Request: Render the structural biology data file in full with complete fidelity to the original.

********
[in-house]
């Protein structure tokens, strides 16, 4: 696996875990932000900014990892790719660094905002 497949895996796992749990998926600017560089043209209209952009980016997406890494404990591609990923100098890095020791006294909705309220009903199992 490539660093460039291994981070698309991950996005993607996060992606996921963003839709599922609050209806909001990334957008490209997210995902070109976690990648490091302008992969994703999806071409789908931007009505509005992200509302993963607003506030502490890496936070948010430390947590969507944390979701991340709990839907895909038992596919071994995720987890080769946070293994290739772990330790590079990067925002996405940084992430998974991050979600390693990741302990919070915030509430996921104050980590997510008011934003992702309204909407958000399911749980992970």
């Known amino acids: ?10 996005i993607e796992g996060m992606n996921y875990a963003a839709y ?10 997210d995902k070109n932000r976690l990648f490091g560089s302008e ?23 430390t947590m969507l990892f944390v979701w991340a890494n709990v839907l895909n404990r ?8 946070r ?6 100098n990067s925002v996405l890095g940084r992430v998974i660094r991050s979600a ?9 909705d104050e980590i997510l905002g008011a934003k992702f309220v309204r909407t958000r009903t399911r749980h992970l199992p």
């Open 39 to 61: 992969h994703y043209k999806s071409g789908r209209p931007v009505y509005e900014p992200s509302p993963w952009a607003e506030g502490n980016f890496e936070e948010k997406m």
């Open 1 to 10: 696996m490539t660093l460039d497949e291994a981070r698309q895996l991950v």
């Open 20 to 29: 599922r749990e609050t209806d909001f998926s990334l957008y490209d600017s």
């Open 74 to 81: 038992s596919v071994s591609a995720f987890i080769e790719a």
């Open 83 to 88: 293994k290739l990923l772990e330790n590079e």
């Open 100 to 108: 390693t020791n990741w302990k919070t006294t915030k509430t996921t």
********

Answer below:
[in-house]
């Protein structure tokens, strides 16, 4: 696996875990932000900014990892790719660094905002 497949895996796992749990998926600017560089043209209209952009980016997406890494404990591609990923100098890095020791006294909705309220009903199992 490539660093460039291994981070698309991950996005993607996060992606996921963003839709599922609050209806909001990334957008490209997210995902070109976690990648490091302008992969994703999806071409789908931007009505509005992200509302993963607003506030502490890496936070948010430390947590969507944390979701991340709990839907895909038992596919071994995720987890080769946070293994290739772990330790590079990067925002996405940084992430998974991050979600390693990741302990919070915030509430996921104050980590997510008011934003992702309204909407958000399911749980992970």
């Known amino acids: ?10 996005i993607e796992g996060m992606n996921y875990a963003a839709y ?10 997210d995902k070109n932000r976690l990648f490091g560089s302008e ?23 430390t947590m969507l990892f944390v979701w991340a890494n709990v839907l895909n404990r ?8 946070r ?6 100098n990067s925002v996405l890095g940084r992430v998974i660094r991050s979600a ?9 909705d104050e980590i997510l905002g008011a934003k992702f309220v309204r909407t958000r009903t399911r749980h992970l199992p």
């Open 39 to 61: 992969h994703y043209k999806s071409g789908r209209p931007v009505y509005e900014p992200s509302p993963w952009a607003e506030g502490n980016f890496e936070e948010k997406m």
């Open 1 to 10: 696996m490539t660093l460039d497949e291994a981070r698309q895996l991950v």
């Open 20 to 29: 599922r749990e609050t209806d909001f998926s990334l957008y490209d600017s």
């Open 74 to 81: 038992s596919v071994s591609a995720f987890i080769e790719a």
């Open 83 to 88: 293994k290739l990923l772990e330790n590079e």
């Open 100 to 108: 390693t020791n990741w302990k919070t006294t915030k509430t996921t």